Image courtesy of Film Independent
Outspoken activist and actor Sean Penn is speaking in a new medium. Penn, lefty Hollywood’s enfant terrible, has publicly criticized President George W. Bush’s invasion of Iraq as well as his mishandling of the response to Hurricane Katrina, defended Venezuelan socialist Pres. Hugo Chavez, and helped raise funds for Haiti after its 2010 earthquake.
The film director and two-time Best Actor Academy Award winner (for 2003’s anti-child molestation movie Mystic River and for depicting a gay rights icon in 2008’s Milk), who was also Oscar-nominated three times, including for 1995’s anti-death penalty film Dead Man Walking, has now turned his formidable talents to a spoken-word format.
Penn has narrated a new work of fiction, Bob Honey Who Just Do Stuff. According to press notes, the audiobook “captures America on the verge of political upheaval in 2016.” The freewheeling story follows the misadventures of its hermit-like title character, described as a “carnival carny, sewage specialist, and government operative.” Comedian Bill Maher, host of HBO’s Real Time, likens Stuff to the writing of Kurt Vonnegut. This reviewer would add that the narrated novella has a Tom Robbins vibe, with a dash of Jack Kerouac tossed into the absurdist brew.
Globetrotter Bob Honey goes to many of the hot spots Penn’s peregrinations have taken him. There’s Baghdad before the start of Bush’s “shock and awe,” and where Penn personally met with Iraqi Deputy Prime Minister Tariq Aziz, close advisor to President Saddam Hussein; New Orleans where—like Penn—Bob assists Katrina survivors; Bolivia where Penn visited an imprisoned American and indigenous President Evo Morales; and South Sudan. Penn’s latest directorial effort, is The Last Face, an Africa-set aid agency drama starring Charlize Theron and Javier Bardem.
The eponymous protagonist also hits the 2016 Republican National Convention in Cleveland, where the GOP nominee is not named, but referred to as the “Mussolini of Mayberry,” “Jesus of Jonestown,” and “the blonde one.” The narrator mocks Melania Trump as a “mail-order bride.” Stuff also lampoons The Donald’s incestuous lusting after his daughter Ivanka, and compares Trump’s sons to Saddam’s. If this reviewer heard correctly, the Trump character even shoots Bob Honey in the head.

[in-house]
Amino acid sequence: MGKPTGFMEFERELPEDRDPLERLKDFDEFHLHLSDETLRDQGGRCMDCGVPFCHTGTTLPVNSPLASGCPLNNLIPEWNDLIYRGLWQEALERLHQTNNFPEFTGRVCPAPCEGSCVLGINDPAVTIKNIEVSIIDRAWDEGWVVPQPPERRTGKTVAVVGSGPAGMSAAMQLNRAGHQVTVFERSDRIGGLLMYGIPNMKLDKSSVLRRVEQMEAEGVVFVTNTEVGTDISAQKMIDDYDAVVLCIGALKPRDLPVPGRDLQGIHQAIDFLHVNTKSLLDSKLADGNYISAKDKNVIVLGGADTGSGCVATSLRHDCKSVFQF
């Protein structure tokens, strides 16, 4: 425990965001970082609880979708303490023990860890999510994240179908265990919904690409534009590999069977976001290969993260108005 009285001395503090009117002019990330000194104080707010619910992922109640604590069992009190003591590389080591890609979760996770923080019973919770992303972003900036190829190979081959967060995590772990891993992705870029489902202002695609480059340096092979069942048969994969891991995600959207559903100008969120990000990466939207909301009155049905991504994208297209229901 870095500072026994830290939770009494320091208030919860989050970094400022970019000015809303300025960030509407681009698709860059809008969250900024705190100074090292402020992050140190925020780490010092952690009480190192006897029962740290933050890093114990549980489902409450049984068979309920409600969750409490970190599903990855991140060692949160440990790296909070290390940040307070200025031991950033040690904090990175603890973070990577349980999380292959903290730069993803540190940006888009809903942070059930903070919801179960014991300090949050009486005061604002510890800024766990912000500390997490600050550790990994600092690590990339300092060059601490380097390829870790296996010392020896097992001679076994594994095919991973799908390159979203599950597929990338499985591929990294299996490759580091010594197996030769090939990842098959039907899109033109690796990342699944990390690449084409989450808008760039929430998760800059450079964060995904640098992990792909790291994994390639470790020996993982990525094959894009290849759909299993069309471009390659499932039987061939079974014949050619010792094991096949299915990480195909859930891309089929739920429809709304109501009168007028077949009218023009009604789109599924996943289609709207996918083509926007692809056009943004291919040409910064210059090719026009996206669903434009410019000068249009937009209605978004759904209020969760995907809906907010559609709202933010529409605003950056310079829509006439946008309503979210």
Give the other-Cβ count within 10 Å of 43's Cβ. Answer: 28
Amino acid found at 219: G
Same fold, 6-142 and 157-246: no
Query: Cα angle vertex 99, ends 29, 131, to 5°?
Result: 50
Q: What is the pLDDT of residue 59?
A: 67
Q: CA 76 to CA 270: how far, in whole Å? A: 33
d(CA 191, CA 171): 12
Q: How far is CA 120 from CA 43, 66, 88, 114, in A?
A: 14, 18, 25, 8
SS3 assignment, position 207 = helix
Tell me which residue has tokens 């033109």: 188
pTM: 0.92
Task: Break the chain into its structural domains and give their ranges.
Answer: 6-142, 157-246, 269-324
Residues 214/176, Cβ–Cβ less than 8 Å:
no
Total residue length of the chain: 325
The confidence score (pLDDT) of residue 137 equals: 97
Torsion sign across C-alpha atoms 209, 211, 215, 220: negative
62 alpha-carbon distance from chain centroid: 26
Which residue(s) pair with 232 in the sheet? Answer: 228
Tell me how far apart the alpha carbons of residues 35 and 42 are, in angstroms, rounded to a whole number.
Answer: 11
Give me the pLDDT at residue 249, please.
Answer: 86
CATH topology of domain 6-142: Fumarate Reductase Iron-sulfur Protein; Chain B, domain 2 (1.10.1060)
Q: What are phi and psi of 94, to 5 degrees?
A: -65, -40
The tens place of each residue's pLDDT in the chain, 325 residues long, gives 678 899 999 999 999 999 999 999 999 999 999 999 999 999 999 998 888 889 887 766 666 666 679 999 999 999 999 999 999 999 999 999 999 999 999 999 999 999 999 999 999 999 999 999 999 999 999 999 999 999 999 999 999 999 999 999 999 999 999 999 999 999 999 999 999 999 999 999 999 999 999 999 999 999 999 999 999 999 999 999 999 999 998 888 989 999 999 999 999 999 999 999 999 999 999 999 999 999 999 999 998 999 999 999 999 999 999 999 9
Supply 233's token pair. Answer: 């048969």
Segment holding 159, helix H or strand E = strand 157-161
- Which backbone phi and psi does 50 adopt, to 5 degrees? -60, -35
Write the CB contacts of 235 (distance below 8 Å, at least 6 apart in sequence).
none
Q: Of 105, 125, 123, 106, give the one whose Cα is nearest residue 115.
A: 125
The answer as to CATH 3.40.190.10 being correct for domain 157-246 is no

The 56-year-old Penn performed a reading of Stuff on October 6 at the Los Angeles County Museum of Art’s Bing Theater, presented by Film Independent. Penn read aloud for about three hours at LACMA’s nearly sold out 600-seat venue. The voices of Frances McDormand (Best Actress Oscar winner for 1996’s Fargo), Ari Fliakos, and Leila George were also part of the reading. George, sporting a long crimson wig, joined Penn onstage at LACMA; the other actors’ voices were prerecorded.
Penn, casually clad in cargo shorts, boots, and a blue work shirt, gave voice to Bob Honey with a deep drawl. Penn also wielded a high-power flashlight which he shone in the direction of audience members whose cell phones went off during the reading. Of all the screen characters Penn has played—convicted killer Matthew Poncelet in 1995’s Dead Man Walking, mentally challenged father in I Am Sam, Sgt. Edward Welsh in 1998’s The Thin Red Line, and San Francisco Supervisor Harvey Milk—his onstage persona here was most reminiscent of Spicoli, the surfer dude in 1982’s Fast Times at Ridgemont High.
Although Bob Honey’s supposed septic tank business sends him on his far-flung missions around the world, it becomes apparent that he may actually be some sort of covert agent. There are political passages, with mentions of the Middle East, Cuba, Nicaragua, genocide, and the 1971 The Anarchist Cookbook, with its instructions on how to make homegrown explosives and psychedelics. A bizarre contingent of “New Guinea tribesmen” seem to be a clandestine unit of an intelligence agency. And of course, the music of Phil Ochs appears multiple times, commenting about whatever is happening in the story.
Stuff’s author is purportedly Pappy Pariah, who, according to press notes, is an Iowa-born “reclusive, dazzling literary talent making his debut with this whacky and dreamlike story.” In a Q&A following the reading, Penn told the same dubious tale he has related on Maher’s HBO program—of meeting the improbably named Pariah in 1979 while attending a writer’s symposium in Key West, Florida. The many similarities between Pariah’s and Penn’s lives suggest this is a cock-and-bull story. In addition to their overlapping travels, both were born in 1960. This reviewer suspects that, although he denies it, Pappy Pariah is none other than Sean Penn’s “pen” name.
Regardless of its authorship, this unpublished novella is a picaresque, political whale of a tale. Bob Honey Who Just Do Stuff is not currently slated to be turned into a movie and is only available as a two-and-a-half hour audiobook, which can be downloaded free exclusively from Audible Studios at Audible.com.
You can preorder and/or download the audiobook free of charge on October 18 at: audible.com/BobHoney.
Progressive readers can also listen to an exclusive advance five-minute selection at:
L.A.-based film historian/critic Ed Rampell writes frequently for The Progressive and is author of Progressive Hollywood, A People’s Film History of the United States and co-author of The Hawaii Movie and Television Book.